“This work will continue for many, many years to come,” Fagon continued. “And when they tell us there are easier ways to do this, we will ask: easier for who?”
Assembly Majority Leader Crystal Peoples-Stokes, one of two key lawmakers to spearhead the passage of the Marihuana Regulation and Taxation Act (MRTA), was the first to comment during a public comment period. Ten others followed.
Peoples-Stokes said she was, broadly, “proud” of Monday’s proceedings, but that it was also “disappointing” that her region of Buffalo was left out of the announcement. Buffalo and a handful of other regions, including Brooklyn, were excluded from having cannabis licenses awarded because of the aforementioned lawsuit.
“I know we’ll get through whatever these people want to do or try to do to us in the court system,” Peoples-Stokes said, adding that it’s “sad” that “equity is being tried in court.”
Dasheeda Dawson, founding director of Cannabis NYC within the NYC Department of Small Business Services, also spoke during the public comment period about her work among various agencies.
“Despite being new to the role, as my record of testimony and advocacy reflects, I’ve been fighting for the plug to be legit in New York and across the country for many years,” Dawson said, adding that she was among the millions of “closeted” cannabis consumers.
Dawson said that, in the coming months, “curated Cannabis NYC programming” will be rolled out. “As a public servant, I’m here to be a bridge,” Dawson said. “The work continues.”
Other public commenters asked questions about updates regarding the lawsuit, whether regulators plan to integrate existing smoke shops, the application process, which some felt was onerous and exclusionary, and concerns over the balance of equity and investment restrictions.
David Feldman, a cannabis adviser and lawyer, said that the cannabis industry was “built with capital” that came from wealthy people, family offices, and crowdfunding, and expressed concern about restrictions that don’t allow for investments across multiple companies.
“Many of us are concerned that while you want to make sure that big cannabis, big tobacco, big alcohol don’t dominate here,” Feldman said, “most of us agree with that, we want to make sure you don’t throw the baby out with the bathwater.”
Scheril Murray Powell, a lawyer and COO for the nonprofit JUSTÜS Foundation, commended the board.
“I appreciate the commitment to sustainability. I appreciate the commitment to public safety,” Powell said.
Regulators also revised proposed labeling and packaging rules to loosen some restrictions. For example, the public health warning label now no longer needs to be placed on the front.
Metzger said that New York is “leading” the way, nationally, in packaging rules with sustainability in mind.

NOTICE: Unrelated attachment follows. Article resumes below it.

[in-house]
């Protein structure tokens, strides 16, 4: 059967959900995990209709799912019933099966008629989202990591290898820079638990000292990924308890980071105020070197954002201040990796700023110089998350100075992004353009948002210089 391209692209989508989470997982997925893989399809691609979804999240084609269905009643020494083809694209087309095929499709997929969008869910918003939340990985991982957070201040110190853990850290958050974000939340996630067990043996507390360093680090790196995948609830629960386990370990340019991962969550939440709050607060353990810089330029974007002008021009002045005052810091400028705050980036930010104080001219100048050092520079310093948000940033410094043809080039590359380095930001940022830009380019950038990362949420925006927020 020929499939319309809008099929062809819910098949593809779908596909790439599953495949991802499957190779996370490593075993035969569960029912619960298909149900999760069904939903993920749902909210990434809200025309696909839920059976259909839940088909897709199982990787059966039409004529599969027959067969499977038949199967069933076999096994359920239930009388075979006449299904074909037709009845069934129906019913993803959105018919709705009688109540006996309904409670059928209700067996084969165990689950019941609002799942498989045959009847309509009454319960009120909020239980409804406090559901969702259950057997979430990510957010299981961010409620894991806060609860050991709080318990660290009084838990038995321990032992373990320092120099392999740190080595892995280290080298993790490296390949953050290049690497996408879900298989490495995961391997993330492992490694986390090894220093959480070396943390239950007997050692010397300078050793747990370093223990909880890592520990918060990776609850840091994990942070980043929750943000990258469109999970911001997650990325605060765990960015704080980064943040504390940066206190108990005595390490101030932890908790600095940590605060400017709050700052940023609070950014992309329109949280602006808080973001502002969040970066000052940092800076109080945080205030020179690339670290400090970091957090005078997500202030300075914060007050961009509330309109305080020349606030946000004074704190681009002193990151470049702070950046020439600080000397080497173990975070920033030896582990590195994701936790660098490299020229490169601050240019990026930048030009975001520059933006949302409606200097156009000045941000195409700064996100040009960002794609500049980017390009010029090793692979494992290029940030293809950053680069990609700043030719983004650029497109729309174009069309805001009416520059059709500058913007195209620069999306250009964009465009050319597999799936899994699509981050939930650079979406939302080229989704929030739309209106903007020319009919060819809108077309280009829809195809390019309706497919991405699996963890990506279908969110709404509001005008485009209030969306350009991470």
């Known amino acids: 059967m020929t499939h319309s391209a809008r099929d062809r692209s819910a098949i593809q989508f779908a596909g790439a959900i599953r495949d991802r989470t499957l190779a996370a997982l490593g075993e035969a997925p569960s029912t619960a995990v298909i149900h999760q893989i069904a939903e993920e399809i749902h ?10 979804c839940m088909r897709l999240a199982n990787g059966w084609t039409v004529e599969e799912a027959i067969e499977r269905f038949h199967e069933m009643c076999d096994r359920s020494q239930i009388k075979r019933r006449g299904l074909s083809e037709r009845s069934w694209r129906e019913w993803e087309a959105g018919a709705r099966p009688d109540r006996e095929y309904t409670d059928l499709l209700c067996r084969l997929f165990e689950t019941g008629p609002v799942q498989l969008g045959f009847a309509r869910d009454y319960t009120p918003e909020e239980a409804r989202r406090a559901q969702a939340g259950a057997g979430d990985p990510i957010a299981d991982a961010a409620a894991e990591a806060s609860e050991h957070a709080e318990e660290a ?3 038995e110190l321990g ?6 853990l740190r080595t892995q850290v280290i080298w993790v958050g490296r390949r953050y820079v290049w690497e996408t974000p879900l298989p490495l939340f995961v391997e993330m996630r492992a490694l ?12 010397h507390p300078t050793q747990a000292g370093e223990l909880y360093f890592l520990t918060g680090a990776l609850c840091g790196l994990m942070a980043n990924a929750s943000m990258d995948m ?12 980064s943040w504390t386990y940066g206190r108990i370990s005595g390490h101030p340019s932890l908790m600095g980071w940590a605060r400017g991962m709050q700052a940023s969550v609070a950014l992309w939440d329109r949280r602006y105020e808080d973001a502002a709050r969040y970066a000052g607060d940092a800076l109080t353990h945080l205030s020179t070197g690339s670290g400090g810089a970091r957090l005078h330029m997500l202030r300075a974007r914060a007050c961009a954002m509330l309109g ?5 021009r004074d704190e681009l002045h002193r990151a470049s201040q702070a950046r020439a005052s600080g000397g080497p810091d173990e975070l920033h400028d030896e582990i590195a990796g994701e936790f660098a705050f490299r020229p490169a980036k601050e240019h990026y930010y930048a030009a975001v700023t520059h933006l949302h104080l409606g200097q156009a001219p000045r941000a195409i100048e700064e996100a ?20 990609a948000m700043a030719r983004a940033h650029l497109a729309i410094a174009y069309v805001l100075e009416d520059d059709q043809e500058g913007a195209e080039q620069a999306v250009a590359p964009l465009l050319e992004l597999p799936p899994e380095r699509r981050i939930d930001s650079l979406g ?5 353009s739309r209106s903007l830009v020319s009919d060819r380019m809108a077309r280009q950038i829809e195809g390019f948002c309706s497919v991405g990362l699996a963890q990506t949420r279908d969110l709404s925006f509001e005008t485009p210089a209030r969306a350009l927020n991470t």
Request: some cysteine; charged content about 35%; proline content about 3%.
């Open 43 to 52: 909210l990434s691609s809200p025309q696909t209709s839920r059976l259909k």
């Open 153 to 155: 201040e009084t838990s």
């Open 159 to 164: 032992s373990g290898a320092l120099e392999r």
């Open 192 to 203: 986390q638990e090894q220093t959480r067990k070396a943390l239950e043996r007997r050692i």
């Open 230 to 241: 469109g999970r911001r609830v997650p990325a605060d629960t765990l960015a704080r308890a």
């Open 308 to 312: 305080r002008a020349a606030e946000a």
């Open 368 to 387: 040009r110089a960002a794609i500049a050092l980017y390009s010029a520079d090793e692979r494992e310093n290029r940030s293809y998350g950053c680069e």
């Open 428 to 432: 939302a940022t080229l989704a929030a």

“Sustainability and equity are mutually supporting goals,” Metzger said. “We have seen unsustainable, unequitable development of this industry in other states. We’re setting the industry on a new course here.”
Questions about unlicensed cannabis sales have loomed large in this time period before licensed sales launch. Cannabis Wire has extensively reported about the proliferation of unregulated cannabis sales, concentrated in New York City.
Those questions also arose during a press gaggle after the meeting, but specific inquiries related to enforcement against unlicensed operators yielded no new information.
Additionally, Alexander said there will be another Cannabis Control Board meeting before the end of the year. And, the Cannabis Advisory Board, which has not met since June, will meet on December 1.
Here are the successful licensees (descriptions provided by OCM):
· Housing Works Cannabis, LLC (HousingWorks): Housing Works is a healing community of people living with and affected by HIV/AIDS, including the recently incarcerated. The New York City-based nonprofit is the nation’s largest community-based AIDS service organization as well as the nation’s largest minority-controlled AIDS organization. It serves over 15,000 people annually through primary and mental health care, case management, reentry services, job training, behavioral health, and more. Their Justice Initiative, launched in 2018, focuses on catering those services to New Yorkers recently released from incarceration, tailoring their work to the specific needs of that population.
Housing Works operates 12 thrift shops, a bookstore café, and a processing and distribution center; all of which employ graduates of their job training and peer training programs and are designed to give them work experience that will help them build for the future.
· The Doe Store LLC (Doe Fund): The Doe Fund was founded in 1987 to break the vicious cycle between mass incarceration, criminal recidivism, and intractable poverty. The Doe Fund is known for operating their landmark initiative, “Ready, Willing & Able,” which provides temporary work, transitional housing, continuing education, career training, and emotional counseling to New York City’s marginalized populations—with a specific focus on supporting people released from prison.
Many Ready, Willing & Able participants pursue the Culinary Arts as their occupational training track, paving the way for diverse careers in the food service industry. Dishes by Doe is a full-service, cost-effective catering business that also provides hands-on training and paid work for Culinary Arts program trainees and graduates. Dishes by Doe caters for all occasions, including conferences and fundraising events.
· Urban Weeds LLC (Urban Upbound): Urban Upbound is a Queens-based organization that assists individuals, including formerly incarcerated New Yorkers, looking for employment. The services they provide include 1-on-1 career counseling, sector-focused job readiness training, financial counseling and job placement and retention services for unemployed and underemployed youth and adults.
Additionally, Urban Upbound operates the Urban Upbound Federal Credit Union (UUFCU), which serves as an important pillar of the Urban Upbound model and an anchor in the community, connecting Queens residents to financial products that promote long-term asset building and economic mobility that are not available through mainstream banks.